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This story starts in April of 2015. I was living in South Florida, temperatures were in the 90s and I was packing for -20° temperatures and a trip north of the Arctic Circle for a muskox Hunt.
Now let me explain the 1% club. Many say that arrowing a muskox is easy, you just have to get past the extremely cold temperatures and the brutal ride in the Qamutiic (sled).... They say 99% of all hunters are successful. Well, after riding 250 miles in a Qamutiik and enduring temperatures in the -20° range for five days and only seen one cow muskox I JOINED THE 1% CLUB!!!!
The trip started by flying from South Florida to Yellowknife the first day. The next day I met the two other hunters that would be in camp, took care of some paperwork and started our trip to Bathurst Inlet with a stop in Wekweti for fuel.
Upon arrival in Bathurst inlet I met my guide Sam and settled into our comfortable three room cabin. To finish out the day we helped them pull some of their fishing nets from under the ice. By helping I mean we watched. We also explored around the little village.
Looks like an adventure no matter what the outcome! Maybe a little chilly:-)
The Arctic is ALWAYS an adventure. So sorry you didn't have the outcome you were looking for.
I am betting there was redemption in April of 19'
I love the Arctic and the Inuits!! They are tough folks and they sure love their frozen home. Looking forward to the your hunt story.
That night at dinner they had a small sampling of native food banick,frozen fish and seal oil, to go with the pot roast. Note to self, don’t eat frozen fish and seal oil when you’re going to be in a sled getting bounced around!
At this time I’d like to thank Jake Ensign, Medicine Man, for lending me the use of his cold-weather gear and for all the info to help plan for this trip. Some of you may have recognized it from the previous photos.
Ah...yes, I missed the 2015 part of the intro...
As a side note, the other hunters in my group could have used a Medicine Man as I believe they were ill prepared for the cold. They look like Ralphie‘s little brother in the movie, A Christmas Story. They could hardly lower their arms they were so tightly packed in their suits.
Out on the trail we would come upon trail markers “Inuksuk” some were very interesting. This one made me think someone was standing alongside the trail every time we passed it.
Learned how rough the ride really is in the sled.
So I thought a warning label might be appropriate!
After five days of this I was now an official member of the The One Percent Club and starting my journey home. Upon takeoff from Bathurst Inlet I snapped this picture of the landscape and the cool snow formations.
After four years of being in the club I decided to try it again, with a different outfitter. This time I would be hunting out of Kugluktuk, also known as Coppermine.
Kugluktuk...Home of the GIANTS! This should be good...
For this trip I’d like to again thank Jake, as well as Inbowdude Mike and Cas_hntr Craig. Your contributions were greatly appreciated!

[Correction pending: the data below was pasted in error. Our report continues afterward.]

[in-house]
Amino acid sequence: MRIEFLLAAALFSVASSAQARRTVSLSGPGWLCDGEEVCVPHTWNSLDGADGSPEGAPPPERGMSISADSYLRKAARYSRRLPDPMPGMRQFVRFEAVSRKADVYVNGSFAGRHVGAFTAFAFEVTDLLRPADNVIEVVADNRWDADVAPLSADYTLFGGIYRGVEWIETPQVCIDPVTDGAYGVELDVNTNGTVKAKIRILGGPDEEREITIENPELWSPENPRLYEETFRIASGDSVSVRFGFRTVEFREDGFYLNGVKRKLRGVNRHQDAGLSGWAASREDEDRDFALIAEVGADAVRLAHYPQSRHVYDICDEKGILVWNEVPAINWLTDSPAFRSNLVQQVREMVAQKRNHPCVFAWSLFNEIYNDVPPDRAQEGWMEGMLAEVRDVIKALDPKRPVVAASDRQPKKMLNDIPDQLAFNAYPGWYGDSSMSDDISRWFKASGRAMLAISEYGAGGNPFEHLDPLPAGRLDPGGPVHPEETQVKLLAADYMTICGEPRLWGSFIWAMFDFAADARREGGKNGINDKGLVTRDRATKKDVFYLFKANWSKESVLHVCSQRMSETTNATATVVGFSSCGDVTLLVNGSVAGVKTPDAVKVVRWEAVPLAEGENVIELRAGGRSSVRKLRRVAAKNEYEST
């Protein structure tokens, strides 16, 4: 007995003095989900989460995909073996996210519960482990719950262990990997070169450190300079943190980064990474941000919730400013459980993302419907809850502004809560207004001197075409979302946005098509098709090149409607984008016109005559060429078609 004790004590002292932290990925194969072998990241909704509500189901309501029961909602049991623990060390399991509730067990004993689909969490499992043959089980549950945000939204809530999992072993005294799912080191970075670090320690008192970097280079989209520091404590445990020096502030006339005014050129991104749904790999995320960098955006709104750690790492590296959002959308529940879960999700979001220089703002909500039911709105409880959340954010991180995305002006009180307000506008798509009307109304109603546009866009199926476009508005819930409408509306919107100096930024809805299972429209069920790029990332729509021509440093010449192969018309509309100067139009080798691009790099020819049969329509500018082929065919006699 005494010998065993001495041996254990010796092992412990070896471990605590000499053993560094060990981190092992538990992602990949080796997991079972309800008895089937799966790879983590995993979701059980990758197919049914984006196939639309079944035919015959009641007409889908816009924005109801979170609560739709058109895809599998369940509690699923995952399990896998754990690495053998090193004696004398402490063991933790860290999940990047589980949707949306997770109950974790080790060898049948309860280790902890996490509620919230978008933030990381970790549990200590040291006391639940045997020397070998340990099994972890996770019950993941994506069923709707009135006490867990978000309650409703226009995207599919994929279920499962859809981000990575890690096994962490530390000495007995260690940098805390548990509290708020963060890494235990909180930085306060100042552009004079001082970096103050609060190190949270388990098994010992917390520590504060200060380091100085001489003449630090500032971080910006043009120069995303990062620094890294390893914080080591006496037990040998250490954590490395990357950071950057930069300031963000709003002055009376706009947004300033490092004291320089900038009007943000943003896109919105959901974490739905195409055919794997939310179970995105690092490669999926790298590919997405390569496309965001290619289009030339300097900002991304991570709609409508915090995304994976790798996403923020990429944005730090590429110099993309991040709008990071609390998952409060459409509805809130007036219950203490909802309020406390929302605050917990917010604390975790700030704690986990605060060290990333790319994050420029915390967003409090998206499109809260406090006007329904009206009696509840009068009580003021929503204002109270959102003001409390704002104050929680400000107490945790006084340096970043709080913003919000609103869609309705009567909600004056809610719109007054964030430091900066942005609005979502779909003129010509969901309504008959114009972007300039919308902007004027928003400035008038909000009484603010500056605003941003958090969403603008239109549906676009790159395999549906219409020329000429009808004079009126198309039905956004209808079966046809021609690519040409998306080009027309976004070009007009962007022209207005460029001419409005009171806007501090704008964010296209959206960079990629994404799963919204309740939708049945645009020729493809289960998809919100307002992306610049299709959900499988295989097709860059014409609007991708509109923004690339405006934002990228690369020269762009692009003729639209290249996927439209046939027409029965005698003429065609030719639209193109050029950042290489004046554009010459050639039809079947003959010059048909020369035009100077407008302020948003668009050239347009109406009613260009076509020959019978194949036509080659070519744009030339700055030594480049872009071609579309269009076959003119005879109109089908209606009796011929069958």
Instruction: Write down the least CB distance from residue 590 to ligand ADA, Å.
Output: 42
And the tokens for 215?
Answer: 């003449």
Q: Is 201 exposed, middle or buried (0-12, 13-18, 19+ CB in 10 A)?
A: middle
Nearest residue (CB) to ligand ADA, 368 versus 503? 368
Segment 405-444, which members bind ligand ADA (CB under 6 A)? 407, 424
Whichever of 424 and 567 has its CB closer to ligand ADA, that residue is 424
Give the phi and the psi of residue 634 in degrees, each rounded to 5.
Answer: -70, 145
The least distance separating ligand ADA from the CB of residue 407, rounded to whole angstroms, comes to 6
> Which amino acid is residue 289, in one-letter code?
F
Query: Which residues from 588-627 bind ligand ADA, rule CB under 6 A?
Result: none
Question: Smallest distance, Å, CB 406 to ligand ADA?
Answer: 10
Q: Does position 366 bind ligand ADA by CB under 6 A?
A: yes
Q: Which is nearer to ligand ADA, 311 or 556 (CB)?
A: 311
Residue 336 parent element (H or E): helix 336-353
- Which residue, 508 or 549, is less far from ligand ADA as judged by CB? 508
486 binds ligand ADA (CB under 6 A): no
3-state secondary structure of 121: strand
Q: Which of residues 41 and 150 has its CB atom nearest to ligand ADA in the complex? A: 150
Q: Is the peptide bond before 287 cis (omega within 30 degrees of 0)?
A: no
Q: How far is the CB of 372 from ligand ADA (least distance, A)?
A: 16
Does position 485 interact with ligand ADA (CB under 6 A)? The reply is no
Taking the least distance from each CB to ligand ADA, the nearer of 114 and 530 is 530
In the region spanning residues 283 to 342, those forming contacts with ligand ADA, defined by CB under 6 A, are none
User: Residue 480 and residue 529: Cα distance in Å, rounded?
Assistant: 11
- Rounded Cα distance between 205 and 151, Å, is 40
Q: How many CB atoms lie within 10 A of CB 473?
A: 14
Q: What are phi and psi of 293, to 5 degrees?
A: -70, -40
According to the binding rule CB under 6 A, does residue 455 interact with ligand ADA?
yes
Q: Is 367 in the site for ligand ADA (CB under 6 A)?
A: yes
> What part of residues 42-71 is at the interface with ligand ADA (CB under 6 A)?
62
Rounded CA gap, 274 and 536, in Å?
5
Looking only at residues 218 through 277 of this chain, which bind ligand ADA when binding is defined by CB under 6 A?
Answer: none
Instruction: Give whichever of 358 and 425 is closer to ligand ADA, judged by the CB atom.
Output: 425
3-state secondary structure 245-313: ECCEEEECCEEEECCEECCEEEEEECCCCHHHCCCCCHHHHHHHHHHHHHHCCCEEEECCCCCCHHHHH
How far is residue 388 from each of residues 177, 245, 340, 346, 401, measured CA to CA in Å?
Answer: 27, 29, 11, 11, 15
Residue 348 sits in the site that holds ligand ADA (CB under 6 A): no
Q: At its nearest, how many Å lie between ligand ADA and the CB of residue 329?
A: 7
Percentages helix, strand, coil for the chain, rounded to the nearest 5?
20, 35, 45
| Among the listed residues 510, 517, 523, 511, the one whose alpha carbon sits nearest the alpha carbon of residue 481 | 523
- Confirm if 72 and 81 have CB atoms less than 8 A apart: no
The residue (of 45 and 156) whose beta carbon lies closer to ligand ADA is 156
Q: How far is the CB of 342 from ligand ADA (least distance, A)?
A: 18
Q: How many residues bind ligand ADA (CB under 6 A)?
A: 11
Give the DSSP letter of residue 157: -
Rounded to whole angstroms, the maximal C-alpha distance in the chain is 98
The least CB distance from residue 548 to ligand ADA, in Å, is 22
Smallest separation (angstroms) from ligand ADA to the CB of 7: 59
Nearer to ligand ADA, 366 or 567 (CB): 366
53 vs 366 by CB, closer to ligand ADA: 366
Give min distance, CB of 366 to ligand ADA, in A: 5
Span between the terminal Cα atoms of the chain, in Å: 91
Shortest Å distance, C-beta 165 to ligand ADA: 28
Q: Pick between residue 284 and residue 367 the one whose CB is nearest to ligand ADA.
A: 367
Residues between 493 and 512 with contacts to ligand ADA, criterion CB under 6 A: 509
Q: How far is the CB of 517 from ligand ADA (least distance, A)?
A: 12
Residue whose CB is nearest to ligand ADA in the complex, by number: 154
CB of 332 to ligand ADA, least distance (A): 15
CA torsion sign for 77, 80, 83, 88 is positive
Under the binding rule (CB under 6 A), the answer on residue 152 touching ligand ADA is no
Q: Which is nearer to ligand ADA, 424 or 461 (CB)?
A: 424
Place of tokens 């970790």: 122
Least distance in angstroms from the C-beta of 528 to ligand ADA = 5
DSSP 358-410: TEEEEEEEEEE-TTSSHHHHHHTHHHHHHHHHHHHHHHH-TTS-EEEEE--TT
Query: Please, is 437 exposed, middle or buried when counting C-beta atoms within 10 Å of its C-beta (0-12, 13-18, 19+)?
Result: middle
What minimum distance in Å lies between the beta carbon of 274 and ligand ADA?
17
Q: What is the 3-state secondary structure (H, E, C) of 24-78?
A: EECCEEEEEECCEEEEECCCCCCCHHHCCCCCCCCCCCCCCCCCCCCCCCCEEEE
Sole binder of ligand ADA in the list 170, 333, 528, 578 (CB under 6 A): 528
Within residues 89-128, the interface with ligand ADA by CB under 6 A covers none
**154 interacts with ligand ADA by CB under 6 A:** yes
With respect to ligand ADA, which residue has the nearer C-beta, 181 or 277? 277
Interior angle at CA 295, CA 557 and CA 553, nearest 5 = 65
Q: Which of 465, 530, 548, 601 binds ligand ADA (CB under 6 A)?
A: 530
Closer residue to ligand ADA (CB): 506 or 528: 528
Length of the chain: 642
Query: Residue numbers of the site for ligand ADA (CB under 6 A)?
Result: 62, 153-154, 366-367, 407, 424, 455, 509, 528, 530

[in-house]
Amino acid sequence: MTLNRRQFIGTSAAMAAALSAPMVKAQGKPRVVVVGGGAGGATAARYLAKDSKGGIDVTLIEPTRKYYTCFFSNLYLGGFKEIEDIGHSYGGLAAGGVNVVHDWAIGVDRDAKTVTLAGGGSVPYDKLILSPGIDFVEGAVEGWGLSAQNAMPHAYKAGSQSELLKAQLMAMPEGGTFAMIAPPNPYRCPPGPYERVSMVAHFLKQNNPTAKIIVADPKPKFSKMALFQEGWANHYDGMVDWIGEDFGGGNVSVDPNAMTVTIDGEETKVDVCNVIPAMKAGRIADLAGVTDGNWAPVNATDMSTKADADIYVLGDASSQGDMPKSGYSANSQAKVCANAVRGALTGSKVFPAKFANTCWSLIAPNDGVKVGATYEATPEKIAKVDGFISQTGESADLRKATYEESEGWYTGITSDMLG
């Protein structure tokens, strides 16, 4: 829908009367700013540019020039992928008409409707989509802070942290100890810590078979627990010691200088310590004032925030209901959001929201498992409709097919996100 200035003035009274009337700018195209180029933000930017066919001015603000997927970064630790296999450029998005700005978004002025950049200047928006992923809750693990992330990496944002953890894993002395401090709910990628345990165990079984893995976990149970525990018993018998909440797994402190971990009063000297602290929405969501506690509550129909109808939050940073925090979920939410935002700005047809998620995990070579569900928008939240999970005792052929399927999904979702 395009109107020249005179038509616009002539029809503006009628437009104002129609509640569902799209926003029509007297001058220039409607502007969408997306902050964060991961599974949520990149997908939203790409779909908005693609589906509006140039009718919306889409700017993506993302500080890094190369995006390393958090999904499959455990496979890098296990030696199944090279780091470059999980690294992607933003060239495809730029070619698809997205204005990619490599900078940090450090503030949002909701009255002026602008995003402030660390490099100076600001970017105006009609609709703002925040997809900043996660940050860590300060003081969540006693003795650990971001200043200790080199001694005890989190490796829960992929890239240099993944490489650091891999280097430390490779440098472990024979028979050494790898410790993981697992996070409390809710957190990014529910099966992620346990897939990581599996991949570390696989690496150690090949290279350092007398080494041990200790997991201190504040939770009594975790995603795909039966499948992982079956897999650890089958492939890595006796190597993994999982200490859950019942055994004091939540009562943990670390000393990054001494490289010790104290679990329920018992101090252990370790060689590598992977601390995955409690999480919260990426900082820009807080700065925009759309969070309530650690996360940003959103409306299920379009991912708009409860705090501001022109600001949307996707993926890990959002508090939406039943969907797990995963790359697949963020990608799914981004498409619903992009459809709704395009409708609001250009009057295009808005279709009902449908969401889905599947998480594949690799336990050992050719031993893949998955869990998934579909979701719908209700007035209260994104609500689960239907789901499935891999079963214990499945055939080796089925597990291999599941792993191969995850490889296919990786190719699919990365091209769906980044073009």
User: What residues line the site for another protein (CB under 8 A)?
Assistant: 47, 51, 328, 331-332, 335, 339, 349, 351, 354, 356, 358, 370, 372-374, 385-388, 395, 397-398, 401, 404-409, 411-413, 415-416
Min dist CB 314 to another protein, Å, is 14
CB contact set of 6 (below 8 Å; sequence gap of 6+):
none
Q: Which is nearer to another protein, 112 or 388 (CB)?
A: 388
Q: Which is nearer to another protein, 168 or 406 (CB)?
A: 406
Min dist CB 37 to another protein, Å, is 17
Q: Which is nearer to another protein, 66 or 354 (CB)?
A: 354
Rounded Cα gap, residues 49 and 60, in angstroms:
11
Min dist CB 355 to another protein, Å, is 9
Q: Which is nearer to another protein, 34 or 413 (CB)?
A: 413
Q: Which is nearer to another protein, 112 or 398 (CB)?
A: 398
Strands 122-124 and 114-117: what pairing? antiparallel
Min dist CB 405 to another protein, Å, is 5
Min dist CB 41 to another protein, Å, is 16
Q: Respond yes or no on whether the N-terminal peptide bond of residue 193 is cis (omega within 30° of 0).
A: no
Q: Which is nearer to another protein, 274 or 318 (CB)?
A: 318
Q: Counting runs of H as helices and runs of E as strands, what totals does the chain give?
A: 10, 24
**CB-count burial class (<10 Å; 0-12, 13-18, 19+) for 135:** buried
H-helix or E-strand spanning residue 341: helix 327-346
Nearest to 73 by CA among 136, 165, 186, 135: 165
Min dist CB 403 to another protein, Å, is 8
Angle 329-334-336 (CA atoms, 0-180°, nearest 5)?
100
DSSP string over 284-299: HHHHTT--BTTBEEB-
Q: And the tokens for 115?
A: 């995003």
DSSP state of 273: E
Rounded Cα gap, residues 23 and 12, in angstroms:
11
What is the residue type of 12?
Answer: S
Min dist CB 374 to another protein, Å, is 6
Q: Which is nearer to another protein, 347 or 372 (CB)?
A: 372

This time I would be leaving from Ohio and overnighting in Edmonton where I would be meeting the outfitter Dan, and Bill my hunting partner for the week. Bill is a gun hunter from Kansas and 72 years young.
The next day we were on to Yellowknife where we picked up the last two hunters from North Dakota and then on to Kugluktuk.
Upon arrival we were informed we would not be going out because of bad weather but rather stay in town for the night. For the rest of the day we had to get our license and meet our guides.My guides name was OJ, named after you guessed it OJ Simpson. We also needed to get our gear checked by them, which was A good thing because some of the guys gear was suspect and they sent extra gear in case they needed it.
This adventure is going to be a tent camp. We will camp wherever we end up that day. As crazy as it sounds this is something I am looking forward to.Tomorrow morning we hit the trail!
We got underway at 10 AM with roughly 70 miles to go and hourly stops along the way. There was a lot of traffic on the trail and was somewhat of a festive atmosphere at each stop. The weather was a balmy zero and the sled ride was much smoother on this trip.
About 1 o’clock we stopped for a cup-a-soup and coffee it was at this time we realize the North Dakota boys had split off and must’ve been hunting. We also spotted our first group of muskox. Which we would take a look at after we finished our coffee.
As we got closer to the group of about 20 we noticed most of them were good bulls. As we moved a little closer the group split into two. Bill had won the coin toss and took off after the larger group and OJ and I followed after the smaller group. After several stalking attempts I was finally able to get within Bow Range. Maybe a little too close as the bull started to rub his nose on his legs, at this point I was backing up and trying to get an angle for a shot. After some intense moments the shot finally presented itself and the arrow was on its way and hit true. The shot was good and after running 50 yards the bull was down and I was no longer in the club!